Part 1: The Lion King
Part 2: The Lion King II: Simba’s Pride
Part 3: The Lion King 1½
Bambi in Africa…
…That’s how it was described within the Disney Feature Animation Studios when they began work on what they perceived as an offbeat experiment. It wasn’t directly based on any fairy tales or previous fiction. There was absolutely no human element, with the film set in the wild Serengeti, and the cast consisting entirely of talking (and singing) animals. Yet, The Lion King achieved massive success when it was released into theaters on June 15, 1994. It became Disney’s most successful film ever, the highest grossing animated film of all time, and the third highest grossing film (animated or not) of all time. It also spawned two straight-to-video sequels, a TV series, and was adapted into a critically acclaimed Broadway musical.
The Lion King made a huge impression on me when I first saw it in 1994 at the age of 15. To this day, it remains my favorite animated movie, and one of my favorite movies in general. So, I thought it would be fun to take a look back on the original film, as well as its two follow-ups.
The story follows Simba, a young lion who’s destined to inherit the throne from his father, Mufasa. Unfortunately, Simba’s jealous uncle, Scar, murders Mufasa, convinces Simba that he was responsible for it, and subsequently exiles him. As Scar assumes rule over the Pride Lands, Simba grows up trying to separate himself from his past.
Although the film was touted as an original work when it was first released, the filmmakers have openly admitted that it was heavily influenced by Shakespeare’s Hamlet. It does follow the same basic plot, but reinterprets it as a dark coming of age story.
The movie also infamously bears strong resemblance to Osamu Tezuka’s anime series Jungle Emperor, or Kimba the White Lion. While Disney has always maintained that any similarities were nothing more than coincidence, the late Tezuka’s studio, Mushi Production, actually considered the connection flattering.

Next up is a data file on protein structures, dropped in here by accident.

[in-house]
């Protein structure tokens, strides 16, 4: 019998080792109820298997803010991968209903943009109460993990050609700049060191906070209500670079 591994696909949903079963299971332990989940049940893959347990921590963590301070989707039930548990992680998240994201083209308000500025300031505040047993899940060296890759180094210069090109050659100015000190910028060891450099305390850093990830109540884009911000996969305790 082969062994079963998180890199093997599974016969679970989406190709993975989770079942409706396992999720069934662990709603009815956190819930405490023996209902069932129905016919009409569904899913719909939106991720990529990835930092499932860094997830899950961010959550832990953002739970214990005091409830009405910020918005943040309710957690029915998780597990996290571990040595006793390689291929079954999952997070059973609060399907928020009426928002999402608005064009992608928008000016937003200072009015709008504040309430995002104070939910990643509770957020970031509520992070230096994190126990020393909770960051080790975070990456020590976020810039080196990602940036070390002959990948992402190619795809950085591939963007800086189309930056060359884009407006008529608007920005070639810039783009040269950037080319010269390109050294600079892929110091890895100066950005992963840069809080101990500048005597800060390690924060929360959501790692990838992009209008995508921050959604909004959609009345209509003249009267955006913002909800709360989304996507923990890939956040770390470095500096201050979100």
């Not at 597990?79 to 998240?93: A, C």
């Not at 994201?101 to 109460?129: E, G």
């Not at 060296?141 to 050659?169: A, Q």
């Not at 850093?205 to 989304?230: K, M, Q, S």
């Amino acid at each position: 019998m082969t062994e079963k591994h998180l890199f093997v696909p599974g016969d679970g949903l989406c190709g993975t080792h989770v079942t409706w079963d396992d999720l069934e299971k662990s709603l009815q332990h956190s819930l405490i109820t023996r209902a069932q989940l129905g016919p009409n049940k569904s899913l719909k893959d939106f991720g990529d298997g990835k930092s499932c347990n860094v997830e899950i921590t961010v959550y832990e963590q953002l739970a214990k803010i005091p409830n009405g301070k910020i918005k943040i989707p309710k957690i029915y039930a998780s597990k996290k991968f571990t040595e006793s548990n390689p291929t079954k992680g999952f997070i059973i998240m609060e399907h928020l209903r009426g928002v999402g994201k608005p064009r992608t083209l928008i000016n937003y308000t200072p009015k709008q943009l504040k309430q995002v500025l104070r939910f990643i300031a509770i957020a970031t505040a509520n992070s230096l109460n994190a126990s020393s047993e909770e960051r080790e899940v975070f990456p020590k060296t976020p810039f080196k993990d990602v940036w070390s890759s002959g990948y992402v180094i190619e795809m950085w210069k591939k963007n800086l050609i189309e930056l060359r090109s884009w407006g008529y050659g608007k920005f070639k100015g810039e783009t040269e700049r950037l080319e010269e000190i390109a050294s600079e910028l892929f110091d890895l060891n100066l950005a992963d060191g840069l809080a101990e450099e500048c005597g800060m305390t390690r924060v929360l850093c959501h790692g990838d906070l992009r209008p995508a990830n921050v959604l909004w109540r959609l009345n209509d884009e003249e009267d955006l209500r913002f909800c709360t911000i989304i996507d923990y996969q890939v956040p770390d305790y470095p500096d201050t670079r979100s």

What always struck me about The Lion King was how strangely epic it feels, despite its relatively brief 88-minute running time. A lot of it probably has to do with how thematically dark the film is, dealing with issues such as murder, guilt, exile, the death of a parent, and even allusions to Nazism and communism. But its majestic depiction of Africa is also stunningly beautiful, and the style was quite unlike anything else seen in an animated Disney film at the time.
The film walks a fine line between its darker, heavier portions and a lighter, more humorous mood. It always finds time to toss in a clever gag or jubilant musical number, and somehow manages to do it without breaking the atmosphere. The film takes itself very seriously when it’s required, but effortlessly transitions into good-natured whimsy.
The journey that Simba takes in the film is far more emotional than physical. The character is given a great performance through both excellent animation and Matthew Broderick’s terrific voice work as Adult Simba. Simba displays a lot of complex emotions, but it never feels forced or melodramatic. The character is very round and organic, making him easy to sympathize with.
Scar, on the other hand, is despicable and conniving, yet dignified and charismatic. Jeremy Irons’s excellent voice work gives Scar a cold sophistication that underscores his amorality. It elevates the character to a level among the all time great Disney villains.
And of course, we can’t talk about The Lion King without mentioning its amazing soundtrack. The combination of Elton John and Tim Rice’s catchy songs with Hans Zimmer’s stirring score is an odd one, but somehow it works amazingly well. And it wouldn’t be right not to mention Zimmer’s collaboration with Lebo M, who not only contributed to the score, but also arranged the African choir harmonies and lyrics. In fact, Lebo M is the very first voice heard in the film as the sun rises from behind the horizon.
After The Lion King’s enormous success, I was quite surprised to learn that it was actually regarded as a second-string film within the studio. Most of the studio’s top-tier animators and production staff passed up The Lion King in favor of working on Pocahontas, which was thought to be the next big blockbuster. But despite the low confidence, early test screenings received very positive responses, revealing the film’s potential.
Overall, The Lion King is a majestic masterpiece. It’s a film that lives up to the early Disney classics, perhaps even more so than its contemporaries, and for me, it was the apex of the Disney Renaissance.
And with the movie’s huge success and Disney’s then-recent change in sequel policies, it was inevitable that there would be follow-ups, for better or for worse. But we’ll discuss that in the next part when we take a look at The Lion King II: Simba’s Pride.
Tim Rice wrote somewhere between 10 and 15 different sets of lyrics for “Can You Feel the Love Tonight” as it kept changing place and context within the story. One infamous version was sung entirely by Timon and Pumbaa, which horrified even Elton John. Another early version, however, is a favorite among fans, and was only released on the laserdisc version of the film.